A twist in the phenomenon of young urbanites moving to the suburbs is creating new opportunities for real estate investors. Instead of buying starter houses, these young people are looking to rent.
That’s because entry-level homes are scarce and home prices are rising far faster than incomes.
“An increasingly competitive homebuying market bodes well for the single-family rental market relative to both demand and rental rate increases,” said Wally Charnoff, CEO of RentRange Data Services.
Two new reports point to the best markets for investors seeking to profit from the single-family rental market. RentRange, a housing market data analytics firm, ranked the top 25 U.S. markets for rental rate increases on single family homes. It measured the gains between the second quarters of 2015 and 2016.
California and Florida had the most markets in the top 25, as these states are seeing the biggest gains in home values and therefore the biggest gains in rental demand. Low vacancy rates in these states are driving rents higher. Cape Coral-Fort Myers, Florida, topped the list with a 26 percent annual rent gain. New Orleans came in second at nearly 21 percent and Seattle third at almost 17 percent.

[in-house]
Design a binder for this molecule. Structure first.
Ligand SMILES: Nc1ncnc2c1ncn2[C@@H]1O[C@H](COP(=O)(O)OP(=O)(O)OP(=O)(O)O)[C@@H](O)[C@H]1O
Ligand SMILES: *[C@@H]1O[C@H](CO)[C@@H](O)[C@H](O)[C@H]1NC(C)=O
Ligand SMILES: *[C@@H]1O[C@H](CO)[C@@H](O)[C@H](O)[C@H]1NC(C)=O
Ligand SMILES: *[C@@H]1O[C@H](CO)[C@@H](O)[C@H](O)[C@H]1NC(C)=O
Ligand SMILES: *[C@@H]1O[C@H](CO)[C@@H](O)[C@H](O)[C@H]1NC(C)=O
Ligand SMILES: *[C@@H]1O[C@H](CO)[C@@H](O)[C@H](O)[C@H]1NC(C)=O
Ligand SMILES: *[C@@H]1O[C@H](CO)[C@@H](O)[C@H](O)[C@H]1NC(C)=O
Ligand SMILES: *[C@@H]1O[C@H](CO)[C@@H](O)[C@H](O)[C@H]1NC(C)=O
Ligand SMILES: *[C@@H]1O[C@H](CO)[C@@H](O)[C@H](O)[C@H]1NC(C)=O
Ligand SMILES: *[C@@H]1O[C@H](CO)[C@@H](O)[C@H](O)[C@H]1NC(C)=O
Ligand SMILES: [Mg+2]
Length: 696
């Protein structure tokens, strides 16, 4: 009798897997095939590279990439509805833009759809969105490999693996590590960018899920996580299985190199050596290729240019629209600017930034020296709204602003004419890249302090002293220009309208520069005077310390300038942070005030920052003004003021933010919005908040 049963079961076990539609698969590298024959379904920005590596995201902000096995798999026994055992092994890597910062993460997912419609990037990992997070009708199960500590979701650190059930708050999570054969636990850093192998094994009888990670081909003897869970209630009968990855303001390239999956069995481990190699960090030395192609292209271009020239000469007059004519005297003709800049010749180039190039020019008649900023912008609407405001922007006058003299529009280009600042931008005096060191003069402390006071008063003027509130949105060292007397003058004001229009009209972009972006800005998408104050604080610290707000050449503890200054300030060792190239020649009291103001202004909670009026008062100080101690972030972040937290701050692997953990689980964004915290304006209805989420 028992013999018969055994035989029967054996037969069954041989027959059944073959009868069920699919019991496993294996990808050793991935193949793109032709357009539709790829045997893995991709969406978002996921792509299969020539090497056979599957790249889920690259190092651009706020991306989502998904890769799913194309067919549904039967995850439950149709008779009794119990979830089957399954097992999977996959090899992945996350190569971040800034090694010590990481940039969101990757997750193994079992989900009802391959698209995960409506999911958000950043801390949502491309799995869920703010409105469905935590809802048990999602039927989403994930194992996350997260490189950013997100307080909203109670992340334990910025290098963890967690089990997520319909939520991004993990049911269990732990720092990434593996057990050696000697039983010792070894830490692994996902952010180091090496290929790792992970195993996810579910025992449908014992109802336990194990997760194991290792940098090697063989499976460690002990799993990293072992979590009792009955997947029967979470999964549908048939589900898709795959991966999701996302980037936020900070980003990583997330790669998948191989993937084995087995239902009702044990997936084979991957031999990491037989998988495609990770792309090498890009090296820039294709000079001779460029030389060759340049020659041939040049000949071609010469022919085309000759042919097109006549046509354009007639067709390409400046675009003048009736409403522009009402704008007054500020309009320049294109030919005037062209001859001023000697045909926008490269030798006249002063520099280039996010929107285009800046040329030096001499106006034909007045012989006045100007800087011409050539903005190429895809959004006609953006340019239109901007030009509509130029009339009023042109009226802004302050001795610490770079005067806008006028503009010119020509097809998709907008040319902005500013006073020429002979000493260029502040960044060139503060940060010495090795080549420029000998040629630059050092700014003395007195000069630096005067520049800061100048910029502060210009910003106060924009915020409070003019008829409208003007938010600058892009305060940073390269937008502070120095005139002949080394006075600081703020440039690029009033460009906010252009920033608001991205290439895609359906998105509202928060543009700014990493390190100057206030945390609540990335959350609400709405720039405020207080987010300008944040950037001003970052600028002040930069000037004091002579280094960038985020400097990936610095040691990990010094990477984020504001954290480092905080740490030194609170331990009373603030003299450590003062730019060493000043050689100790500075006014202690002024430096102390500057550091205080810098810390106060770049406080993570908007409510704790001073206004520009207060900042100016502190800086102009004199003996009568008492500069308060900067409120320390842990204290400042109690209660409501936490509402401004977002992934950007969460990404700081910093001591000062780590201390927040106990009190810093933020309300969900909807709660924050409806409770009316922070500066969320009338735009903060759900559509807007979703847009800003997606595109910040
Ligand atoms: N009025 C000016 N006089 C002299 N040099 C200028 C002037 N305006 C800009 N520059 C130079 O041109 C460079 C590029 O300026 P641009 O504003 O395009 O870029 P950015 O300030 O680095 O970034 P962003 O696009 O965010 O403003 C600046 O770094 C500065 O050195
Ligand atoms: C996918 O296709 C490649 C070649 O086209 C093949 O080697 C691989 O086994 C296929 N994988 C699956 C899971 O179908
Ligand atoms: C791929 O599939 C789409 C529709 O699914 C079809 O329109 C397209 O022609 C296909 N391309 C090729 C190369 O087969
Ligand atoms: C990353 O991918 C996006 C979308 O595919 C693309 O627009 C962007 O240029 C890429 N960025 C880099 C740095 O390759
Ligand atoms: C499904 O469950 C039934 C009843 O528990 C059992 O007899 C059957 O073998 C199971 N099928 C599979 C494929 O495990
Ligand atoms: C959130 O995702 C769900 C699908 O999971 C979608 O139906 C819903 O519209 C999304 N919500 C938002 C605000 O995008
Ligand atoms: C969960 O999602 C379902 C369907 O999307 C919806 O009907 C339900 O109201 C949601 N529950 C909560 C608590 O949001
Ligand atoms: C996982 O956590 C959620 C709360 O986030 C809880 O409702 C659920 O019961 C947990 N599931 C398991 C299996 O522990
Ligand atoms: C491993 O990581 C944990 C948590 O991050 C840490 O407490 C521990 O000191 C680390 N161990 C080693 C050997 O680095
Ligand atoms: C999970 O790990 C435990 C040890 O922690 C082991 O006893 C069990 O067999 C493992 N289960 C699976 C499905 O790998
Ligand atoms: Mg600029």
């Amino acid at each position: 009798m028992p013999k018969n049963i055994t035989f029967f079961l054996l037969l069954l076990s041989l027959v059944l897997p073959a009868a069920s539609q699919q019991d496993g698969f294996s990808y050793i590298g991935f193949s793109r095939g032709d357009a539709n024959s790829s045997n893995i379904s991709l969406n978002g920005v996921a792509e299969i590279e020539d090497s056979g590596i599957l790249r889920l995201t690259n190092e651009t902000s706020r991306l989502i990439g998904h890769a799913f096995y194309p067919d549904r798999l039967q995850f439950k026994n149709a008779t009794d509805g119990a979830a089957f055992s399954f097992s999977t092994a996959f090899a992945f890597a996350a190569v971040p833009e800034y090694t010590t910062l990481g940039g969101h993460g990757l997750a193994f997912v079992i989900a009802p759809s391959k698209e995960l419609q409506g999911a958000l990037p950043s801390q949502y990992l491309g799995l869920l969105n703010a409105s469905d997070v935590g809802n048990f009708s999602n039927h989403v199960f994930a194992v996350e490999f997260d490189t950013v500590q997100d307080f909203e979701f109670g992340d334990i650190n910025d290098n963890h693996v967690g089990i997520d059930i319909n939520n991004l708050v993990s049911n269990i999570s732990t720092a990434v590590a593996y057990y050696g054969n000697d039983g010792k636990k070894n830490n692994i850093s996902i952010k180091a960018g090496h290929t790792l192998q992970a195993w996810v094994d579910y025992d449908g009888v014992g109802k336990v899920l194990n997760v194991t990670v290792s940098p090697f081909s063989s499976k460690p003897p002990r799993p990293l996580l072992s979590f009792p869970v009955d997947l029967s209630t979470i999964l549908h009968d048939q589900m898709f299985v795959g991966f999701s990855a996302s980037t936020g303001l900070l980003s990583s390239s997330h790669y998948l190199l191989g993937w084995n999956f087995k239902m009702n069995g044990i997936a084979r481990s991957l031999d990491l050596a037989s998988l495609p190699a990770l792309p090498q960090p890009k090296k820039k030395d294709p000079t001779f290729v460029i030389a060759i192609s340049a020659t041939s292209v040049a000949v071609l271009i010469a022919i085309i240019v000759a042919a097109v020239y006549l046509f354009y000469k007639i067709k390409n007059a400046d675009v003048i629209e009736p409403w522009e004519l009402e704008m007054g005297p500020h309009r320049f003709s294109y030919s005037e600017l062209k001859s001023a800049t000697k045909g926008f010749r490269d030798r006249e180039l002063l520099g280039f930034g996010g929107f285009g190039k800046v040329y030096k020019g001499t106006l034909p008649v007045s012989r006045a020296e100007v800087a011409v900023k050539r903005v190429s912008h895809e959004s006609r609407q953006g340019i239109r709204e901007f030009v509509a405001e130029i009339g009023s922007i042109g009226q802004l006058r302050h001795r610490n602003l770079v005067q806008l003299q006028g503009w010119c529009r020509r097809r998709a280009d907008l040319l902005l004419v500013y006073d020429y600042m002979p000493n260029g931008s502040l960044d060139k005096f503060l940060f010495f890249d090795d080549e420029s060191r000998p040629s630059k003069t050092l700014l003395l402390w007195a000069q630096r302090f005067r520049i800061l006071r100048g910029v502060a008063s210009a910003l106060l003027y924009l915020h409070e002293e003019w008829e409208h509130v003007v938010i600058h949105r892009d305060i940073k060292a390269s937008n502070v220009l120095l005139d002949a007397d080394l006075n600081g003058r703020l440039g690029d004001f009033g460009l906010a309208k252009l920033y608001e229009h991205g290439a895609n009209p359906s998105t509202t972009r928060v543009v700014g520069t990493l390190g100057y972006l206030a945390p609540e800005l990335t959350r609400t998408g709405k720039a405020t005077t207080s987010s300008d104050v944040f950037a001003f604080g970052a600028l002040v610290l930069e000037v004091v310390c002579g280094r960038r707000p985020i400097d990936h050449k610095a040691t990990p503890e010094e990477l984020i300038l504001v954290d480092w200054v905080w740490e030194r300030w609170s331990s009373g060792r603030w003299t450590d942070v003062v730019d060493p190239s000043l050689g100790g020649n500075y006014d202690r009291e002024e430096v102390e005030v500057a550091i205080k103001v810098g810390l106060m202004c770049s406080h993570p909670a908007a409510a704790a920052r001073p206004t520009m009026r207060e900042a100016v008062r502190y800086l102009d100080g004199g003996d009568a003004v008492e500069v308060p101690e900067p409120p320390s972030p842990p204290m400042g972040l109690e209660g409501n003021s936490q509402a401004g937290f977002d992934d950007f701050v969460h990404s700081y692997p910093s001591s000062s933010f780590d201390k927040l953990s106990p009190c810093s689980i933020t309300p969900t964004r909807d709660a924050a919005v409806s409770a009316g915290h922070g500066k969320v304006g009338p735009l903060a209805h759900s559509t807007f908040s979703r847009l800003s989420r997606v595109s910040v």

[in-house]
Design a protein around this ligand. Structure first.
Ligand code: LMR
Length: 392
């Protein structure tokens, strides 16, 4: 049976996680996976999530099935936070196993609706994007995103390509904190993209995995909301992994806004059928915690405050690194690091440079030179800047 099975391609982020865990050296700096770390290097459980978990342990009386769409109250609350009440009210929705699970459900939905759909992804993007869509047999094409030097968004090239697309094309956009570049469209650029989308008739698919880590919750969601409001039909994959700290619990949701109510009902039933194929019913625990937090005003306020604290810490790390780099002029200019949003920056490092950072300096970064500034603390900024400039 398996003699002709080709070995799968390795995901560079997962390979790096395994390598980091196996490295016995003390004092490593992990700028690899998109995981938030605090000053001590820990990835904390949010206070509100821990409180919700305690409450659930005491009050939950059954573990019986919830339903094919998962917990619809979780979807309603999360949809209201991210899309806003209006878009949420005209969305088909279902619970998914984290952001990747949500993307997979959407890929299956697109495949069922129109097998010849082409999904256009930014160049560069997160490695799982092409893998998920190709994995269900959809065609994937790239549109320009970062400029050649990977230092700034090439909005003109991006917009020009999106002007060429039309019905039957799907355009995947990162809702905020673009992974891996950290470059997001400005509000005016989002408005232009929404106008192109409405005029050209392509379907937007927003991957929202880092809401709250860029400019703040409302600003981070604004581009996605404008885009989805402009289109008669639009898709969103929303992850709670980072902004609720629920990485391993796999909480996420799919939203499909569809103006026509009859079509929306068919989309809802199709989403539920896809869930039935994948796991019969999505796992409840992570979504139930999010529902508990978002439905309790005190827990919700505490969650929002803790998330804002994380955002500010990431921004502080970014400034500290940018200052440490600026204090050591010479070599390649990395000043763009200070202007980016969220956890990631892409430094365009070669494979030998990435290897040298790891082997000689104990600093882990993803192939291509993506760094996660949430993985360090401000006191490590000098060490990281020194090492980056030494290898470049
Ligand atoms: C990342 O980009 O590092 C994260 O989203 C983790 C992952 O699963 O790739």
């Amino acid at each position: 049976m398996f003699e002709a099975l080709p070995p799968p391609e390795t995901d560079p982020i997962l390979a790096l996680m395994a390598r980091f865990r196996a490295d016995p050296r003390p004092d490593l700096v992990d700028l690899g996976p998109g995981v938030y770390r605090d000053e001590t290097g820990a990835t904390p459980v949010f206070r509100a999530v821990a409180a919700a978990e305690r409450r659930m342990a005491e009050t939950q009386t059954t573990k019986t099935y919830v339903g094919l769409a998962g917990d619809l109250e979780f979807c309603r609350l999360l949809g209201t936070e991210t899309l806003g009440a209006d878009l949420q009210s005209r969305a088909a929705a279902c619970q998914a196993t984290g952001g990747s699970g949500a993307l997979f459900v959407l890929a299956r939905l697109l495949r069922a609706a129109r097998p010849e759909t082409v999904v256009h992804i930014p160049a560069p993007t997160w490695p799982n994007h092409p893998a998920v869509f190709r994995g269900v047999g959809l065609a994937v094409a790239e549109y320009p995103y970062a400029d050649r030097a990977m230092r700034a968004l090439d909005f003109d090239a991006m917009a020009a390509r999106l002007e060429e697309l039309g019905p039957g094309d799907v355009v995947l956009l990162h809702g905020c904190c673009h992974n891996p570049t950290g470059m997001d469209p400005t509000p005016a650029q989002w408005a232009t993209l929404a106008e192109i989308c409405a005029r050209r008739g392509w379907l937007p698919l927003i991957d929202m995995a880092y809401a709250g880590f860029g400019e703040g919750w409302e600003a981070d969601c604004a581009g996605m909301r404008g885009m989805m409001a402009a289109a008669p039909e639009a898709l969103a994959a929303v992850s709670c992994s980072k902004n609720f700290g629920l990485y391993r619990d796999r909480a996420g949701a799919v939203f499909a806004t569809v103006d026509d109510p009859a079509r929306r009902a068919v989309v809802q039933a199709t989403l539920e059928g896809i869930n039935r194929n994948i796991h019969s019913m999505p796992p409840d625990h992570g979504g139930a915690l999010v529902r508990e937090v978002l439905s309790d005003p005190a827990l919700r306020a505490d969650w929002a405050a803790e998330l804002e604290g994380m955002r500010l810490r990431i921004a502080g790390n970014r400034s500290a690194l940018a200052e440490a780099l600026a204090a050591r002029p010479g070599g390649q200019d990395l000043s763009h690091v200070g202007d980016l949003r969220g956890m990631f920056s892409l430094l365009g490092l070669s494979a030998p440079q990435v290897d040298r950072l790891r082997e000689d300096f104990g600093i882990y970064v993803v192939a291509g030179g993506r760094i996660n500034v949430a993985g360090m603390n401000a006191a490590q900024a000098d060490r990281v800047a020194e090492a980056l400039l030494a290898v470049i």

As for the best rental returns, which is the income return from an investment prior to operating costs, two markets are new to the ranking: Grand Rapids, Michigan, and Pittsburgh ranked first and third, with average gross yields over 15 percent. This means the properties rent for a lot compared with the home’s value. Syracuse, New York, rounds out the top three.
In another analysis of rental markets, HomeUnion, an online real estate investment management firm based in Irvine, California, looked at the 31 metropolitan areas with NFL football teams and ranked which single family rental markets will perform best through the end of this year. It looked at employment, rent growth and turnover time, as well as rent-to-income ratio, apartment construction and single-family permits.
“Most of the metros near the top of the list have robust job growth, which is the primary driver of renter household formation. As these markets continue to add new jobs, we expect renter demand to remain healthy through the current expansion cycle,” said Steve Hovland, director of research for HomeUnion.
Florida and California also had strong showings in the HomeUnion top 10, with Tampa and Jacksonville, Florida, and San Diego in the top three spots. Dallas and Atlanta followed. At the bottom of the 31 is Milwaukee. That is likely because home prices in Milwaukee are very affordable, making renting less desirable.
“Although home sales are rising, the homeownership rate continues to decline, and first-time buyers are not active enough to reverse that trend,” Hovland said. “As the Fed moves closer to normalizing monetary policy, the ability of first-time homebuyers to enter the market will become more difficult. At the same time, new single-family home construction is targeted at a wealthier cohort.”